Sun, Jan 23, 2005 - Page 7 News List

Bush to clarify positions

WHOSE FREEDOM?US President Bush's inaugural speech talks about the importance of spreading democracy throughout the world; some are skeptical

AP , WASHINGTON

US President George W. Bush turned from inaugural pageantry to a daunting second-term agenda while his administration scrambled to explain his newly declared goal of ending tyranny around the world.

The president's expansive pledge, the major theme of his inaugural address, raised questions about whether Bush intended to apply new standards to allies or partners that are not ideal democracies, or aren't democracies at all. Saudi Arabia, Egypt, China and other countries fit that description.

Bush "made clear it was not something preceded by force of arms," State Department spokesman Richard Boucher said Friday.

"I think you'll see him carry a new level of, shall we say, support for democratic forces in various countries," Boucher said. "It doesn't mean we abandon our friends. But many of our friends realize it's time for them to change anyway."

Boucher cited municipal elections in Saudi Arabia as one democratic advance, and said the US has long raised objections to human rights violations in China.

"We've always been critical of problems in China with human rights. And we will continue to make that part of our relationship."

While Bush pledged to advance liberty in the nations deemed repressive, the US has maintained strong ties with countries whose policies it openly criticizes. For example, some allies in the war against terror -- Egypt, Saudi Arabia, Pakistan and Uzbekistan -- engage in political repression in varying degrees, according to the State Department.

As the world assessed the meaning of Bush's commitment, North Korea condemned the US as a "wrecker of democracy as it ruthlessly infringes upon the sovereignty of other countries." Tensions with North Korea have been raw since Bush branded it part of an "axis of evil" with Iran and prewar Iraq.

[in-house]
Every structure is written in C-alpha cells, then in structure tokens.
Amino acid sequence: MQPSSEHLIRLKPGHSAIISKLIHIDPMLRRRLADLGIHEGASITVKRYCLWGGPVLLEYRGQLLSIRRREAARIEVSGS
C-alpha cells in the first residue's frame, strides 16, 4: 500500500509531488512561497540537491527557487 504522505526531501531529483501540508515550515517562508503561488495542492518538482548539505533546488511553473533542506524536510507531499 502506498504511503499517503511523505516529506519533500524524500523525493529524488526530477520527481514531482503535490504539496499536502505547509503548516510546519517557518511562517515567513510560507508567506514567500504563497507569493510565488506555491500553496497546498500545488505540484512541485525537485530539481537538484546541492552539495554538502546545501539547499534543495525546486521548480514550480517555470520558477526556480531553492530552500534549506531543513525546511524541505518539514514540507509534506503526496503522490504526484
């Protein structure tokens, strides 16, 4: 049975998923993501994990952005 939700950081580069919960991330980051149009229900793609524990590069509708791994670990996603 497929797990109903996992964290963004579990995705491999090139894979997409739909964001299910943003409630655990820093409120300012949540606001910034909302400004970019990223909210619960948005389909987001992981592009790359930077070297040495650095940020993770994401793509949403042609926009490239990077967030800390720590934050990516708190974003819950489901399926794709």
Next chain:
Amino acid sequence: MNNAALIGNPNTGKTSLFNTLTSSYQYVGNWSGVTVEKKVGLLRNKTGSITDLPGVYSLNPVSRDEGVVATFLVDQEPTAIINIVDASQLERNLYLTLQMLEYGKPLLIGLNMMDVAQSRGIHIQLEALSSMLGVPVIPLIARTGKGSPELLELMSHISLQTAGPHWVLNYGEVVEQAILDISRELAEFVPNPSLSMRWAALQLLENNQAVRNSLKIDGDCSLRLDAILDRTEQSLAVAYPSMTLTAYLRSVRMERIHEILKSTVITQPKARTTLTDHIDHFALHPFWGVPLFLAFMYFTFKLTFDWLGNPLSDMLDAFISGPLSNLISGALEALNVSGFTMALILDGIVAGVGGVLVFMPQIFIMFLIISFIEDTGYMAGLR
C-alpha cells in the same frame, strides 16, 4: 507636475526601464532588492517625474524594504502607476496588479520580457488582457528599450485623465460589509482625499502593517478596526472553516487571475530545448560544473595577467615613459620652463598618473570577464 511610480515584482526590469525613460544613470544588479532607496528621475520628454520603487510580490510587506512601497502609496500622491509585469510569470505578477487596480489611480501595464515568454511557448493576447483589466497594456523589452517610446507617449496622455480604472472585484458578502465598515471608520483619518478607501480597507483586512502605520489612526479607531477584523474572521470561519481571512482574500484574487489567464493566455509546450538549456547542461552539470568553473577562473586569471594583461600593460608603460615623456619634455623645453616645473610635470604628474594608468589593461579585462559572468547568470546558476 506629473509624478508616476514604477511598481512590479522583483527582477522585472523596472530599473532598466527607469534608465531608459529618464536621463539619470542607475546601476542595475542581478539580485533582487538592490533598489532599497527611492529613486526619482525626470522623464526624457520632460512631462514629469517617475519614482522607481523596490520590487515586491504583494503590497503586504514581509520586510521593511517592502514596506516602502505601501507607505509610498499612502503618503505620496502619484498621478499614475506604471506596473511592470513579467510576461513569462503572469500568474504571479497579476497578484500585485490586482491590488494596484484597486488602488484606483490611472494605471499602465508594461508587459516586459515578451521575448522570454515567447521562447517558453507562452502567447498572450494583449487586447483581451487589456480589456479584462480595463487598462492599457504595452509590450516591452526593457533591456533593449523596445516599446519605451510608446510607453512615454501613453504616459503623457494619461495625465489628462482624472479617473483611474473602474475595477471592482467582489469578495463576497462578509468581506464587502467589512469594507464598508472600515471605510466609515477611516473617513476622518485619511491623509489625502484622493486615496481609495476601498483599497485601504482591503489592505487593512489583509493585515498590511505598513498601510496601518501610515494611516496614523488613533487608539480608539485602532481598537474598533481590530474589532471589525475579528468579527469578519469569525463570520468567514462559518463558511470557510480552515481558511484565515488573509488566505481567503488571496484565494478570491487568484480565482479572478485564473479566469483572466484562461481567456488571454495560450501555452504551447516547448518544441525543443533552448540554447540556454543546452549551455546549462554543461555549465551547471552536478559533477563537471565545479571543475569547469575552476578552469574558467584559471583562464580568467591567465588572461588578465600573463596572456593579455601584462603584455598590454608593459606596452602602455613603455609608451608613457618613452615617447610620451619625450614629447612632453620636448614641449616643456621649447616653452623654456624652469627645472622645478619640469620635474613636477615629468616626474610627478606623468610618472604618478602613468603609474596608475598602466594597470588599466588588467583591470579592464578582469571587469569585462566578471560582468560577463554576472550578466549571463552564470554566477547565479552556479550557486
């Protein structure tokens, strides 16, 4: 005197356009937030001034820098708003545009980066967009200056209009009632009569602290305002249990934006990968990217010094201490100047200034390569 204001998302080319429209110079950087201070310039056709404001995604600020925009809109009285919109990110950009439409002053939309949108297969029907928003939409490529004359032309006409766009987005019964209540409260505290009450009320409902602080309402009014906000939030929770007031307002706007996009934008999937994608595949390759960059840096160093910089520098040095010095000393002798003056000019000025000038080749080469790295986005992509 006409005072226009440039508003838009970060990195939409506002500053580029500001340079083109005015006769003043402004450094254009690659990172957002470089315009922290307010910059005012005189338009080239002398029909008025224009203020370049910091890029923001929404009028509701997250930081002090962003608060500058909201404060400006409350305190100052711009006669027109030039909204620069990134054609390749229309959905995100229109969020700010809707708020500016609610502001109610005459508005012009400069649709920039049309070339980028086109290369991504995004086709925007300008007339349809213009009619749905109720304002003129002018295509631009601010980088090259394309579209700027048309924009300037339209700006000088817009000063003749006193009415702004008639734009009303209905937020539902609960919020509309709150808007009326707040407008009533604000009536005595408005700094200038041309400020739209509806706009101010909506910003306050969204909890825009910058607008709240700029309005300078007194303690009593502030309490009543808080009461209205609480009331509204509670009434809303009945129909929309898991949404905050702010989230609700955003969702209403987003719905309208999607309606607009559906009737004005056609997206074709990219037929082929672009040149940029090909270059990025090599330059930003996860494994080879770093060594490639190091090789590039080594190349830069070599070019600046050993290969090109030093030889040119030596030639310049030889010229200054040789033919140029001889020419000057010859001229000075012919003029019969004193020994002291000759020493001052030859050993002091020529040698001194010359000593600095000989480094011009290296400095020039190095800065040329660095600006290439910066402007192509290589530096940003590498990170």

The day after his inauguration, the president threw a White House luncheon and attended a National Prayer Service, following a tradition set by the nation's first chief executive, George Washington. The hourlong service brought together 3,200 invited family, Cabinet members and others in National Cathedral.

Bush is remaining in Washington part of the weekend to attend a black-tie dinner Saturday night. But he will fly to the presidential retreat at Camp David in Maryland's Catoctin Mountains today and remain there until tomorrow afternoon. He will speak to an anti-abortion rally in Washington by telephone tomorrow.

With the inauguration over, the administration is increasing its focus on Bush's second-term agenda of overhauling the Social Security pension system, liberalizing the nation's immigration laws, simplifying taxes and spreading democracy across the Middle East.

His most pressing problem is Iraq. More than 1,360 Americans dead and 10,500 wounded in Iraq's violence. Bush hopes the elections will begin to bring stability and strengthen the foundations of democracy.

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